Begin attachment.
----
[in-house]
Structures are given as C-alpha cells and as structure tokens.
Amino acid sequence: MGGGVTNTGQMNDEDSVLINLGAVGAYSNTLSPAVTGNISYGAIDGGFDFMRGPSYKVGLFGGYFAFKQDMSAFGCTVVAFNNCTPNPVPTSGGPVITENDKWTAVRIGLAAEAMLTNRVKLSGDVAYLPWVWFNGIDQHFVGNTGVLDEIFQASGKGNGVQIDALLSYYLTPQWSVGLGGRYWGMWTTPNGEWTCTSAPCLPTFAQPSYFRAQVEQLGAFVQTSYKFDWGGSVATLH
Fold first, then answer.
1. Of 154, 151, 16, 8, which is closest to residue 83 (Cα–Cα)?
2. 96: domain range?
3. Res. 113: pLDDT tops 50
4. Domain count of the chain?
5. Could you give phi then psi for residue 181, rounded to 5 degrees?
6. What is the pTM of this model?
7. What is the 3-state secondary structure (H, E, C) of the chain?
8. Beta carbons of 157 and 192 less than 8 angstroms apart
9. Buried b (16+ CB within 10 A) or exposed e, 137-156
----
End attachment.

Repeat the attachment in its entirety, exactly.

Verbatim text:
[in-house]
Structures are given as C-alpha cells and as structure tokens.
Amino acid sequence: MGGGVTNTGQMNDEDSVLINLGAVGAYSNTLSPAVTGNISYGAIDGGFDFMRGPSYKVGLFGGYFAFKQDMSAFGCTVVAFNNCTPNPVPTSGGPVITENDKWTAVRIGLAAEAMLTNRVKLSGDVAYLPWVWFNGIDQHFVGNTGVLDEIFQASGKGNGVQIDALLSYYLTPQWSVGLGGRYWGMWTTPNGEWTCTSAPCLPTFAQPSYFRAQVEQLGAFVQTSYKFDWGGSVATLH
Fold first, then answer.
1. Of 154, 151, 16, 8, which is closest to residue 83 (Cα–Cα)?
2. 96: domain range?
3. Res. 113: pLDDT tops 50
4. Domain count of the chain?
5. Could you give phi then psi for residue 181, rounded to 5 degrees?
6. What is the pTM of this model?
7. What is the 3-state secondary structure (H, E, C) of the chain?
8. Beta carbons of 157 and 192 less than 8 angstroms apart
9. Buried b (16+ CB within 10 A) or exposed e, 137-156